When you feel unwell, you probably make an appointment with your GP, who likely prescribes a pill to help you get better. But these days, there’s a roster of other docs who are taking alternative, more holistic approaches. And instead of medication, they’re recommending treatments with herbs, meditation, and acupuncture.
“Conventional medicine has taught doctors how to put out the fire,” says Alka Gupta, MD, a codirector of the Integrative Health and Wellbeing Program at New York-Presbyterian and Weill Cornell Medicine. “But they often don’t get to the bottom of why that fire started in the first place. Holistic approaches try to find the root cause of symptoms, by looking at the whole person.”
Choosing a holistic-minded provider isn’t always simple, however. The terminology used can be, well, muddy. Some can serve as your primary physician, while others practice a more complementary brand of medicine (and should be seen in addition to your MD). The options get confusing, which is why we put together this list of practitioners. Read on to learn what they do and how to ensure you get the best care.
Doctor of Osteopathy
DOs get the same schooling as MDs, plus an extra 200 hours of training in osteopathic manipulative medicine (OMM)—hands-on techniques that release tension in the muscles, joints, and nerves to promote healing. Osteopaths can treat all the same ailments as traditional docs (coughs, UTIs, you name it), but they are especially helpful for migraines, back and neck pain, period aches, arthritis, and digestive woes. And there’s good evidence to support OMM: In one study, people who saw a DO for migraines had less frequent attacks than people who only took meds. In another study, low-back-pain sufferers who were treated with OMM were able to take fewer painkillers.
These doctors—who usually have an MD or DO—practice a blend of mainstream and holistic medicine. They might prescribe an SSRI for anxiety or an antispasmodic for IBS, but they also recommend science-backed complementary therapies, such as meditation and massage. And you can expect in-depth conversations with your integrative medicine doc. She will take her time getting to know you, so she can suggest meaningful changes to your routine: “Most conventional medicine visits are about 15 minutes, but we usually spend around an hour with each patient,” says Wendy Luo, MD, an integrative medicine fellow-in-training at the University of Kansas Medical Center.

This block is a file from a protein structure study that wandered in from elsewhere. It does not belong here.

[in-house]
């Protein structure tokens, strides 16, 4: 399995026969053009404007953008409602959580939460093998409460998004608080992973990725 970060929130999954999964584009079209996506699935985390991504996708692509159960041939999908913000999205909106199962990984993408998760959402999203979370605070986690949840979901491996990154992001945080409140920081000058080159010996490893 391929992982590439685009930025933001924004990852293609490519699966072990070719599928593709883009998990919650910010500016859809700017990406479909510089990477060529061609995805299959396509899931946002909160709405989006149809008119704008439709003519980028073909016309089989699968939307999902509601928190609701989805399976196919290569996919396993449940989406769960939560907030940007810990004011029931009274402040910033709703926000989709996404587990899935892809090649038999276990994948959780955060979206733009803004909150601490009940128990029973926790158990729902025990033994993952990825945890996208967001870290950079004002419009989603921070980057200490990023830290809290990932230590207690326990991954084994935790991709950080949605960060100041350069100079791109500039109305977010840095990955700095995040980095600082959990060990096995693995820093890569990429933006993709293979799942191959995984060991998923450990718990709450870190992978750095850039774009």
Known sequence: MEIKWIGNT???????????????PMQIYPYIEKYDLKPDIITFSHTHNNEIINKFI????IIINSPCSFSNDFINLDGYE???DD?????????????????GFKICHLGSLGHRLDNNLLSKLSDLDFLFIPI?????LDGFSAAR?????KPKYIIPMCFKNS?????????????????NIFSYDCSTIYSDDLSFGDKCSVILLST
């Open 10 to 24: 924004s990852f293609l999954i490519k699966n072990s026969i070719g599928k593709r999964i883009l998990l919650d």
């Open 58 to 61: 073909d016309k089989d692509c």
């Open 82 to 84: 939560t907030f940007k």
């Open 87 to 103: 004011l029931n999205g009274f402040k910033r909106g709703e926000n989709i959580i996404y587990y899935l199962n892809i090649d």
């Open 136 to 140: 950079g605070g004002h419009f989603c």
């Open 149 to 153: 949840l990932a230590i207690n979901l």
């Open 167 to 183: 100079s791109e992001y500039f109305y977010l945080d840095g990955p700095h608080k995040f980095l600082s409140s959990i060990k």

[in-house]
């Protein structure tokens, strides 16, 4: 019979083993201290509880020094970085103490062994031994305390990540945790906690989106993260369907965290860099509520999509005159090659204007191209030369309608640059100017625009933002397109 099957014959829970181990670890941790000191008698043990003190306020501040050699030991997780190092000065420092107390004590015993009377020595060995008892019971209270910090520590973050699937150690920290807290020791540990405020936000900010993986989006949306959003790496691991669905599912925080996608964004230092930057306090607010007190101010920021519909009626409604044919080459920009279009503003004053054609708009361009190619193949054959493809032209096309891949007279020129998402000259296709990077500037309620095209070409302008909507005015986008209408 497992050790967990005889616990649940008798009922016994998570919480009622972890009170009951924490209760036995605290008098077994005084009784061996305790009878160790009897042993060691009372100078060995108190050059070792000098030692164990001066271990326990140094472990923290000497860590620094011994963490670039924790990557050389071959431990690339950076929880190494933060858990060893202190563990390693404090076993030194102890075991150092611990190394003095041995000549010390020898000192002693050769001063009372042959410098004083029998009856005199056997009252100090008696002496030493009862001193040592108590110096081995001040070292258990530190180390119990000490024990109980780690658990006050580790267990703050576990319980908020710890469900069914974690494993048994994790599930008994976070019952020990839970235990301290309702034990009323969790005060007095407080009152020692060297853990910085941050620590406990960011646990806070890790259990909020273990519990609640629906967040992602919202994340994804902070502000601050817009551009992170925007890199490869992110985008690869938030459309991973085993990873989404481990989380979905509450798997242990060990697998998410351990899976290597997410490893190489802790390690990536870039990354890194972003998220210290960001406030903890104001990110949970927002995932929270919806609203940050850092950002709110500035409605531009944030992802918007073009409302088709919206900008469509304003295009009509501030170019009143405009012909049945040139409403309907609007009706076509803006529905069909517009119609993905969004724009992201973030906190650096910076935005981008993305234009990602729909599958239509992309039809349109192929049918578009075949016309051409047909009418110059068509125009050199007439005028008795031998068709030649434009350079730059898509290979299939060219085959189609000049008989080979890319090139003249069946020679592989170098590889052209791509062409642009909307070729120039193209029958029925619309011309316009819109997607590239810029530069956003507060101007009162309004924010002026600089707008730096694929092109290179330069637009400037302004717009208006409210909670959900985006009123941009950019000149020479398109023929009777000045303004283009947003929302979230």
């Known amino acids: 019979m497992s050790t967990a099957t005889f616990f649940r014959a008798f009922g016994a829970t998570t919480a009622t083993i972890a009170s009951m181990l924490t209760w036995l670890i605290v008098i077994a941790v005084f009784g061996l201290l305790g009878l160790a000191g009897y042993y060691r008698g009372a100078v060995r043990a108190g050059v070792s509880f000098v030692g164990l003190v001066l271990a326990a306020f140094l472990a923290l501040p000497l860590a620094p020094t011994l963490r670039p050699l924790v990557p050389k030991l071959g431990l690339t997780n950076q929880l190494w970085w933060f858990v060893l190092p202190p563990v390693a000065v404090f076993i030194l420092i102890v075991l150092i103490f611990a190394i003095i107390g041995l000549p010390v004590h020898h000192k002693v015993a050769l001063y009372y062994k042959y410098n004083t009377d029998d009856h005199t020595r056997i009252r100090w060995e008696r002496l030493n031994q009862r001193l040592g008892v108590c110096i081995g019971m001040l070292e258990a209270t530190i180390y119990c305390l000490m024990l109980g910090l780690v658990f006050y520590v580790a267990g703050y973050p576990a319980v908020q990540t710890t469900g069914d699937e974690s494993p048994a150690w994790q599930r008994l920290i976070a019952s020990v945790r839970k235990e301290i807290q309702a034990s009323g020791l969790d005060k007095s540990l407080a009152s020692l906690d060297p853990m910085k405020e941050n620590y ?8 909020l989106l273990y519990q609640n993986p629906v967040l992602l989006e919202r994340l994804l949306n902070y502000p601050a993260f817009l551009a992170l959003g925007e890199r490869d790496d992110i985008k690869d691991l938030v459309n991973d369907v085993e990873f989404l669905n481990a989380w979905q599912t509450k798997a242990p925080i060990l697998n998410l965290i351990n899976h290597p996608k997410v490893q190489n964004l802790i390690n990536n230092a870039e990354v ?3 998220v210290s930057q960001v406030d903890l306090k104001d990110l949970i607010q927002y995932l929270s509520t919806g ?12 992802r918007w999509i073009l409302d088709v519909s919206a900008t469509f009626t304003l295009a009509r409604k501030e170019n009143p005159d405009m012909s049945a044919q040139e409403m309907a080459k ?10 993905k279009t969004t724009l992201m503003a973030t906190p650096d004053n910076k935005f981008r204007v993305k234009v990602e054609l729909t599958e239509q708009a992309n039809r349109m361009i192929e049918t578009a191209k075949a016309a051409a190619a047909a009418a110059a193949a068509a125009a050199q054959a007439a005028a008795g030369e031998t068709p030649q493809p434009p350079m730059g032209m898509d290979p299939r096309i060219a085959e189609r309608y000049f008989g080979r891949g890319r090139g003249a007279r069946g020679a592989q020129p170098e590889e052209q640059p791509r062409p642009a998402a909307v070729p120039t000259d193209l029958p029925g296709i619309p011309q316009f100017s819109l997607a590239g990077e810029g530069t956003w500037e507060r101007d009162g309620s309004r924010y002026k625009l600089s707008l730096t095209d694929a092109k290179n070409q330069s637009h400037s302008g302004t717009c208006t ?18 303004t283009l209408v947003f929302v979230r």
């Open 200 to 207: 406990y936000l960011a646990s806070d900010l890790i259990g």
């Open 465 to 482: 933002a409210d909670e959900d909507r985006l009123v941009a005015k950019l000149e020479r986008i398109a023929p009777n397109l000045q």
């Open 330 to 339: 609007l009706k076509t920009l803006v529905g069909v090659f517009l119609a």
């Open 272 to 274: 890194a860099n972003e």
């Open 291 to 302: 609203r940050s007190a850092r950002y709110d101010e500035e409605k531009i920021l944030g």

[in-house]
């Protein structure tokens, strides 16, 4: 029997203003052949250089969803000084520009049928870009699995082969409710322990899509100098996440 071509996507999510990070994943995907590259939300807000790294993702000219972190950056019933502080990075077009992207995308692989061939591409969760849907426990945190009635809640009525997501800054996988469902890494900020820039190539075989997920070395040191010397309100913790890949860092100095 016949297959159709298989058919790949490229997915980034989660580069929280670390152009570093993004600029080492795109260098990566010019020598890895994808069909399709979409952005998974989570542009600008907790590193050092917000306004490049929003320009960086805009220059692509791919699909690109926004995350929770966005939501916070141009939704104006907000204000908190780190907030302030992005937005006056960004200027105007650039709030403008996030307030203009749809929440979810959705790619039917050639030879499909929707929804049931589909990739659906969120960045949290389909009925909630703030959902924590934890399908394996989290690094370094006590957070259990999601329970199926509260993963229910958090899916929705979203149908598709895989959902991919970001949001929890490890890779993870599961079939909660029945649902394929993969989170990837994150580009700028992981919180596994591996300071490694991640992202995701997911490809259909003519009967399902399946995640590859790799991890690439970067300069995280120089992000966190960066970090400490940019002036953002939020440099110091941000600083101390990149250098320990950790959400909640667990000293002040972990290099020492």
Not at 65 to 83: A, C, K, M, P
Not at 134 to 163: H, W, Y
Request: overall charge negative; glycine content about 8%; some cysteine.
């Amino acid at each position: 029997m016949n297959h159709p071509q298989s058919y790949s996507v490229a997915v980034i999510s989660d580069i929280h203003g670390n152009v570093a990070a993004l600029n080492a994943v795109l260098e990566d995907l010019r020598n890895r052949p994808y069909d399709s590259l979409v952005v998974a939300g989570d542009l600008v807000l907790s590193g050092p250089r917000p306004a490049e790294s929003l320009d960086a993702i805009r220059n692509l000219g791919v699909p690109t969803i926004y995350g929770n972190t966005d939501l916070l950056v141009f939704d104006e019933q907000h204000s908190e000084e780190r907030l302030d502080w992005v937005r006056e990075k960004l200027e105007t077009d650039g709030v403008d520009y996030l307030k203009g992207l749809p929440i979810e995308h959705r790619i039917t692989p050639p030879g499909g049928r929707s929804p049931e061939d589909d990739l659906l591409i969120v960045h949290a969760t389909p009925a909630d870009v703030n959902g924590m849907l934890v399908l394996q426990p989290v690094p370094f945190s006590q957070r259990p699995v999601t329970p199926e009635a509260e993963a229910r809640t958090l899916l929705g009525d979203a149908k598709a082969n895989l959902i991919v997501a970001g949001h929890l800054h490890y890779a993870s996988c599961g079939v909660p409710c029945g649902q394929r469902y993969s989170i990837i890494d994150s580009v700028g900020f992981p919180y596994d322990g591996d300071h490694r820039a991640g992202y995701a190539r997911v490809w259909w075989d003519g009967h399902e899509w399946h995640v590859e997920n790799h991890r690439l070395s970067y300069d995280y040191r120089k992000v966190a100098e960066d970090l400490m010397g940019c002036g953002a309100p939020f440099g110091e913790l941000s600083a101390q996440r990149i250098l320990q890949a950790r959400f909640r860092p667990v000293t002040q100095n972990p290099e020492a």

This term describes providers who take into account how your lifestyle affects your well-being. But the title says nothing specific about a person’s qualifications. “There’s no formal training or certification that you need to say you’re holistic,” says Ronald Glick, MD, medical director of the Center for Integrative Medicine at the University of Pittsburgh Medical Center. A holistic practitioner could have gone to medical school, for example, or completed a six-month coaching program. So if you’re looking for a holistic primary doc, choose one with an MD or DO.
According to the ancient Indian tradition of Ayurveda, your body’s processes are governed by three life energies, or doshas: vata (space and air), pitta (fire and water), and kapha (water and earth). One of your doshas is naturally stronger than the others—but if your doshas slip too far out of balance, health issues can follow. (For example, if vata is your main dosha, you’re likely full of vitality and creativity; when your vata gets too powerful, though, you may suffer from anxiety and insomnia, among other ailments.) An Ayurvedic doctor will help you restore equilibrium, using many remedies that are supported by research. For example, preliminary studies have found that active compounds in turmeric, an Ayurvedic mainstay, are just as effective as ibuprofen for knee pain from osteoarthritis. Other research has shown that breath work called pranayama can reduce anxiety, lower blood pressure, and improve sleep.